I find that it is strange that I have not yet explained the transportation system in Thailand since it is in such a sharp contrast to that in the U.S. Let me now indulge you :-)
There are a few main modes of transportation: walking, taking a song tau or tuk tuk, buying a motorbike, riding a bicycle, or driving.
Walking: No one in Thailand walks... ever! I have been walking to school everyday, a trip that usually takes about thirty minutes each way. Thai people stare at me and are almost horrified when I relay this to them. They cannot believe how anyone could walk anywhere in this heat. They do have a good point, that it is insanely hot here, but I think the exercise is good for me and it is the cheapest mode of transportation. While walking home I am occasionally spotted en route by students of mine who immediately pull over their motorbikes and insist on taking me to my destination. I explain to them that I enjoy walking but they never seem to believe that anyone would choose to walk anywhere. I’ve also found that it’s best not to be running late for class since I’ve been stopped up on more than one occasion by a crowd of students moseying their way to class. The bunch usually takes up the entire width of the sidewalk leaving no room to circumvent them. When this happens, I am usually slowed at least another five minutes. Besides the heat, there is another deterrent to walking: the sidewalks. Sidewalks here do exist, however there are usually trees and road signs in the middle of them. It is usually possible for one person to walk somewhat comfortably along one but quite awkward for two or more people to walk side-by-side.
Song taus: Song taus are the red trucks found all over the city. They are convenient for tourists or people who do not own any means of transportation. Passengers sit facing each other on the two side walls of the inside of the truck. The back of the song tau is open to allow the passengers to jump in and out quickly. When the song tau is on a bumpy road you get jostled around a little bit since there are no seatbelts but I haven’t yet experienced any situations where I’ve felt like I was in danger. A fear of mine though, is that we’ll get hit or the driver will make a sudden stop and someone will go tumbling out the back onto the street.
Tuk tuks: Tuk tuks are the open-on-all-sides, three-wheeled vehicles with a little man driving in front and a bench for the passengers in the back. I have to say, the scariest driving experience that I have had yet, was in tuk tuk. Coming back home from another university a few weeks ago, I had to take a tuk tuk on the highway. As we began to drive, it felt like the engine could hardly pull its little frame along, let alone its driver and a passenger. If we slowed down in the heavy traffic, the engine died and as the driver weaved in and out of traffic I became more and more certain that I was going to die. I would either fall out since there are no walls on tuk tuks, or we would get run over by some larger vehicle. Luckily nothing happened and I arrived unharmed at my apartment. I think I’ll avoid tuk tuks now though, at least when I have to get home via the highway.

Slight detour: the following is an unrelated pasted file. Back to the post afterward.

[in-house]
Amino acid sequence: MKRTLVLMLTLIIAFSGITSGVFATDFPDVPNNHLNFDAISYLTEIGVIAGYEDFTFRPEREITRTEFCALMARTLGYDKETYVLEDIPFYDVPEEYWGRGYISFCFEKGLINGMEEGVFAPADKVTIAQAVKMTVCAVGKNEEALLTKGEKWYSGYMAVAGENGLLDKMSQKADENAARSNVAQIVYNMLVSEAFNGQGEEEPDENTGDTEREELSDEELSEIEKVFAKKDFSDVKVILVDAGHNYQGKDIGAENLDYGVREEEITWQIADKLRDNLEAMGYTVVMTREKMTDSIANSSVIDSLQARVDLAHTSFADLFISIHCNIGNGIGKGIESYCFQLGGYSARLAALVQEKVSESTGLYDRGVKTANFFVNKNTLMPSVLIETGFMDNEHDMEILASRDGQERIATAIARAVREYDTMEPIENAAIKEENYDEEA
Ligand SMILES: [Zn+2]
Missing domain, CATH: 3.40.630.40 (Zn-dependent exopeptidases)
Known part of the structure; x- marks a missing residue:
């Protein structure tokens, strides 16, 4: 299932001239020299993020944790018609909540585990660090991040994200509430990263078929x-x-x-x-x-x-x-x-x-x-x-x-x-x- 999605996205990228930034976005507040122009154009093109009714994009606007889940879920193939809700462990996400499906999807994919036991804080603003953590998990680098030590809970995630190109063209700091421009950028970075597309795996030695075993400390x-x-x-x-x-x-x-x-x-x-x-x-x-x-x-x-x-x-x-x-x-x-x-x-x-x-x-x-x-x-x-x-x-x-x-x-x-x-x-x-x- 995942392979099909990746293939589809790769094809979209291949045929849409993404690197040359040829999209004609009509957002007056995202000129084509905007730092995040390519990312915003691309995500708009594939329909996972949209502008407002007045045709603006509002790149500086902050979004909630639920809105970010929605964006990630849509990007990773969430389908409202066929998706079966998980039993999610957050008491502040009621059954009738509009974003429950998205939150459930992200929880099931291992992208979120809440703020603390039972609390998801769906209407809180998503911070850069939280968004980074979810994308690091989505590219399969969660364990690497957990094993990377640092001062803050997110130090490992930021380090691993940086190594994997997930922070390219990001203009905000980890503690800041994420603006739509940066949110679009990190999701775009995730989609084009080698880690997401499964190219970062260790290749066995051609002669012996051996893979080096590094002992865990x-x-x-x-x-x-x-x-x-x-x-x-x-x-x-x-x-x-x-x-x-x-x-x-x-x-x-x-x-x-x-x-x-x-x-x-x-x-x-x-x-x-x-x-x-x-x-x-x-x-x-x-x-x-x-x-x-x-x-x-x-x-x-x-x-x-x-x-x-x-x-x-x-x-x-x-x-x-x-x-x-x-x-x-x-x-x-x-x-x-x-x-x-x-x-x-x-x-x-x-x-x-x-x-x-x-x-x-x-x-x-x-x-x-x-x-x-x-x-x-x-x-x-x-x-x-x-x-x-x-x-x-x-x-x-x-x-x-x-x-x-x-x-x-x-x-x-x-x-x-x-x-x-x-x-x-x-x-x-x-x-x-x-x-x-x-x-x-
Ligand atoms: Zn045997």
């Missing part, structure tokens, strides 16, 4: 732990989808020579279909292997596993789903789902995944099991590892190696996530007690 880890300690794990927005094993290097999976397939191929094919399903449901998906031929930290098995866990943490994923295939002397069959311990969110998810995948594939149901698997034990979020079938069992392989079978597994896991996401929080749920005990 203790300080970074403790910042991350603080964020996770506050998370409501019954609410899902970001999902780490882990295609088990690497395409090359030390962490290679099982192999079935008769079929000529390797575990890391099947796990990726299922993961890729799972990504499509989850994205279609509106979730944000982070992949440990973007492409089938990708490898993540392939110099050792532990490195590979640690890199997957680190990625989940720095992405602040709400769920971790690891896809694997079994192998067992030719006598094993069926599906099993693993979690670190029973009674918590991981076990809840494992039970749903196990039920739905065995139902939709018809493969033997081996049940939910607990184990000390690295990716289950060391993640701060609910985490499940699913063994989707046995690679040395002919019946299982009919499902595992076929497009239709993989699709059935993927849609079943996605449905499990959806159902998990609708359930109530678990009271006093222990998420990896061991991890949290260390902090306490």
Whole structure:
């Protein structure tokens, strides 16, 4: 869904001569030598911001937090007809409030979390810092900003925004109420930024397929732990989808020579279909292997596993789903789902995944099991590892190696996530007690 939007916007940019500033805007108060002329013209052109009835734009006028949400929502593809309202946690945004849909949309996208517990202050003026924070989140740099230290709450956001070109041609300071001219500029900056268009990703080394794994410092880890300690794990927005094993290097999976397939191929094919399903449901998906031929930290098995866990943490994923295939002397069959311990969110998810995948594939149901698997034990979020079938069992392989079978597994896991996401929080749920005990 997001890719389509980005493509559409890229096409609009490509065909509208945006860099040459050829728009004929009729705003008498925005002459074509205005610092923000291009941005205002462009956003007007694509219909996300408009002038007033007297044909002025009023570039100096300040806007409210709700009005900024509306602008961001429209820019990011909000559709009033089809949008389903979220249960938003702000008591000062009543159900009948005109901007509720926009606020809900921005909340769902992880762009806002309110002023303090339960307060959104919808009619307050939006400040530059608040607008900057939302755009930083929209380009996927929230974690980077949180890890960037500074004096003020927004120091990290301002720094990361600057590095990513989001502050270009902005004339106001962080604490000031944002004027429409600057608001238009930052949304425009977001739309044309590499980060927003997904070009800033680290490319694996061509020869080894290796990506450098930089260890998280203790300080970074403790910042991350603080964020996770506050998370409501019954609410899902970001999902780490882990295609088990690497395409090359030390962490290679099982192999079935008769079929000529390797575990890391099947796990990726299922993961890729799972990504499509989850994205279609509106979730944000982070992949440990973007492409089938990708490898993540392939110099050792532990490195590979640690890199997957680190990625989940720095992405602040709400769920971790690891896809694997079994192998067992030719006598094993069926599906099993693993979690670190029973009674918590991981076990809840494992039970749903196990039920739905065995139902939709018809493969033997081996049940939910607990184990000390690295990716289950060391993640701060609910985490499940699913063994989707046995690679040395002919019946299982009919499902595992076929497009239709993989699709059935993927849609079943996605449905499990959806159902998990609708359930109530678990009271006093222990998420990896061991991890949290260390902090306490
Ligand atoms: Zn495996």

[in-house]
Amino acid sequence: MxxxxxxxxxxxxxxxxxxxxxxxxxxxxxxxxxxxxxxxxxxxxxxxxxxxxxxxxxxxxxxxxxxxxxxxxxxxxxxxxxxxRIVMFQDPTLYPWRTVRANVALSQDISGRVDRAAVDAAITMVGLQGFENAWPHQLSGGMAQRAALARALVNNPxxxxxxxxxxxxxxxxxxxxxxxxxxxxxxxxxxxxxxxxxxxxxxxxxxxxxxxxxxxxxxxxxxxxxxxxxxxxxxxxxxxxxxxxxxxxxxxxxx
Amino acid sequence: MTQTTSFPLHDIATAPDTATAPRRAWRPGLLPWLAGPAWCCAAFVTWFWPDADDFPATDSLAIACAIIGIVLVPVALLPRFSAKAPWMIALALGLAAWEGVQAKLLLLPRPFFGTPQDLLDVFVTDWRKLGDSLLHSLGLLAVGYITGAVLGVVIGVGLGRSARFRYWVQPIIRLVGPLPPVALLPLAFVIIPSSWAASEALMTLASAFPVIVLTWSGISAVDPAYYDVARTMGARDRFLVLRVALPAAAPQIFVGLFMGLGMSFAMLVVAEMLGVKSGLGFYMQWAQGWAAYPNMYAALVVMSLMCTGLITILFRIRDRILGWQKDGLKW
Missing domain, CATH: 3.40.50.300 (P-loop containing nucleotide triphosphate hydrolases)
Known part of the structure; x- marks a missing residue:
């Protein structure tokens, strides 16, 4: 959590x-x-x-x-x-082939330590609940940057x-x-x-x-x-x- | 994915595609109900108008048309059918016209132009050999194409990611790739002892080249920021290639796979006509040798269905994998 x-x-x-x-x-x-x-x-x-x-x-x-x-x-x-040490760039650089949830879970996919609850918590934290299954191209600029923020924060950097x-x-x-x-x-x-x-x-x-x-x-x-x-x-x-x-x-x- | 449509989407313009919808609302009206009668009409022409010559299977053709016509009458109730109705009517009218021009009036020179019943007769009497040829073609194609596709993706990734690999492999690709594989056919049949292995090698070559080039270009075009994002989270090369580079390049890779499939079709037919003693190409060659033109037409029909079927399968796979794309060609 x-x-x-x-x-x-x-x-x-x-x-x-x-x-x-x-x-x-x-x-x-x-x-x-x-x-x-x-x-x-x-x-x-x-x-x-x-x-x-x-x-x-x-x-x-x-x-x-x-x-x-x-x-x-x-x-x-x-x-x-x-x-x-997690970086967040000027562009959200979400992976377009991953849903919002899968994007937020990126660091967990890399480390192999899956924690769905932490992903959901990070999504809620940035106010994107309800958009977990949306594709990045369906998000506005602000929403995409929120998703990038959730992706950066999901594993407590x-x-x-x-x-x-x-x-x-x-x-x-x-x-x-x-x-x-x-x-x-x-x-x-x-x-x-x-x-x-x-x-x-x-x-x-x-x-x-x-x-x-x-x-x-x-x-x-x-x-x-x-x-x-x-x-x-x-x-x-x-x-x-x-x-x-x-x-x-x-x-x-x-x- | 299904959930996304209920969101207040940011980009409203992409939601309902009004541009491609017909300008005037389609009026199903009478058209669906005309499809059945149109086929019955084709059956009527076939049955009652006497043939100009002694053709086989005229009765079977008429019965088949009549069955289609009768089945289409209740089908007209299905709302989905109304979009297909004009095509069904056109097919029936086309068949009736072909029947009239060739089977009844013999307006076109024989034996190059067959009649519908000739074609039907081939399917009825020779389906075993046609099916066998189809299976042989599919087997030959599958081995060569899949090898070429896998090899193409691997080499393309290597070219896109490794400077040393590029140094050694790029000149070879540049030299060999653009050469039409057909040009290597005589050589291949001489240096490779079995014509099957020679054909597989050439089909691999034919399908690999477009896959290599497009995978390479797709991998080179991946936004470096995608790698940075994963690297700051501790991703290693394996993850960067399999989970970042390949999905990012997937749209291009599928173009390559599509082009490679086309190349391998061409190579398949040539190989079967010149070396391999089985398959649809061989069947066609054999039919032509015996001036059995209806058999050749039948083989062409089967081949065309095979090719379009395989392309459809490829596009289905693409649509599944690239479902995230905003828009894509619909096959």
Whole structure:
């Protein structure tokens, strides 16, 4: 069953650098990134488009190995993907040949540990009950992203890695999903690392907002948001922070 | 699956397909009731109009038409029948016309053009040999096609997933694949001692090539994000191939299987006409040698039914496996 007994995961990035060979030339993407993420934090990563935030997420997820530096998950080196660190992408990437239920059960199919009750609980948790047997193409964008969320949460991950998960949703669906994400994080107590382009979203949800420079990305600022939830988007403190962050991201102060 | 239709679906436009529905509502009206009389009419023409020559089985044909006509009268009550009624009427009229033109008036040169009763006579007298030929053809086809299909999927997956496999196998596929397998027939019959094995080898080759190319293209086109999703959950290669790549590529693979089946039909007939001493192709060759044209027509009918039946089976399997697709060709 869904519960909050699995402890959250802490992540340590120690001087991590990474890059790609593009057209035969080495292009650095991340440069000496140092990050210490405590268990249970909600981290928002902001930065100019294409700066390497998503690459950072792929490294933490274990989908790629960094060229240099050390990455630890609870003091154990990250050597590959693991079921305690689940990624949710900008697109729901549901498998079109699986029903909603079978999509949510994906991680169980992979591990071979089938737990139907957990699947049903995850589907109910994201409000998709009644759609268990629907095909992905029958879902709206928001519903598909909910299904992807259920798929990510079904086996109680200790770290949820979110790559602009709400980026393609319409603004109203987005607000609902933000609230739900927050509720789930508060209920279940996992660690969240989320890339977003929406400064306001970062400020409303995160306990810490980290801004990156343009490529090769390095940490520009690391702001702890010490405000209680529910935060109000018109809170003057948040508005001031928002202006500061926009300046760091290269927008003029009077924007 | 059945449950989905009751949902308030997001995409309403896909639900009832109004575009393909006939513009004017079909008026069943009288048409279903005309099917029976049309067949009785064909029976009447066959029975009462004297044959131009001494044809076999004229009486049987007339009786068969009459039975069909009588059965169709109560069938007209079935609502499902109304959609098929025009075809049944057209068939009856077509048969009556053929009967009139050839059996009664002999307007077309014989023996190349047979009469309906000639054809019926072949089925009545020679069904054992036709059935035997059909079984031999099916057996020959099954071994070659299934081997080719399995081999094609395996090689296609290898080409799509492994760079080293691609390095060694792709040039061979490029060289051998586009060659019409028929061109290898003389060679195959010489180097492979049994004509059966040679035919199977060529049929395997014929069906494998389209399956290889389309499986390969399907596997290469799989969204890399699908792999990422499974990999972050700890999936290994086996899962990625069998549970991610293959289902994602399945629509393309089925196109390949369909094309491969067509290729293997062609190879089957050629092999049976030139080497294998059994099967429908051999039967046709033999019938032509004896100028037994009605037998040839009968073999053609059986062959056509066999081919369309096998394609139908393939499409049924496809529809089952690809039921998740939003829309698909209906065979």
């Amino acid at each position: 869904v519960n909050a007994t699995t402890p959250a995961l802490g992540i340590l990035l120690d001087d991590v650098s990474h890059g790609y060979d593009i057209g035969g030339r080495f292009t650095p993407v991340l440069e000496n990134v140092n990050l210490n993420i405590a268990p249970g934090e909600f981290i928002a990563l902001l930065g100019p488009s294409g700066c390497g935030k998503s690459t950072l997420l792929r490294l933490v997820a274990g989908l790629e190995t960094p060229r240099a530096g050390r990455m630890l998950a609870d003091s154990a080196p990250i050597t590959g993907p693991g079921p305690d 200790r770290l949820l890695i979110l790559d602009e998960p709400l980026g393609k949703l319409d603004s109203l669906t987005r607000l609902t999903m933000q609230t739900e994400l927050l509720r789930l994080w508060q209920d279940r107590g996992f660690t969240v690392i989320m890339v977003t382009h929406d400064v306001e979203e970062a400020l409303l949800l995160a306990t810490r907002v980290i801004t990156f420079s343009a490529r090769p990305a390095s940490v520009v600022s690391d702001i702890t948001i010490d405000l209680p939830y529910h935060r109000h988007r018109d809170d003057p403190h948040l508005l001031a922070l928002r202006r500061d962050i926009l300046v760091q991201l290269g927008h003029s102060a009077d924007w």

Motor bikes: I haven’t had much experience riding these but from how the traffic is here in Chiang Mai I can tell you that they are not much, if any, safer than tuk tuks. Because they are so small they can conveniently weave in and out of traffic. This makes getting from place to place much quicker but they cause the traffic to be unbelievably crazy. I have only ever been a passenger in one of these but it has always felt like a challenge to hang on, especially wearing a skirt since then I have to ride sidesaddle style. While riding as a passenger on the highway a few weeks ago, the feeling of certain death began creeping into my mind, probably the reason I have avoided buying a motor bike despite my desire to independently get around the city.
Bicycles: Something I have just done. Not that I think I will avoid the craziness of the road, rather I’ve put myself right in the middle of it. I wanted to be mobile in some way and this just seemed to be the best option.
Cars: To enter into a lane because the traffic is so thick, people inch their way closer and closer to the middle of the lane until cars eventually stop. I’m always afraid some person will not look up in time and these cars will get side-swipted. Parking is another crazy experience. The first time I went to the mall, I noticed in the parking garages that people would park each other in. I couldn’t figure out why they did this until I saw some people trying to get to their parked-in car. They were pushing the car that was blocking them out of the way. When I asked a friend of mine how this worked she explained that the cars who parked perpendicular to the cars in the parking spaces simply left the car in neutral. When someone needed to get out, all they had to do was push the other car out of the way.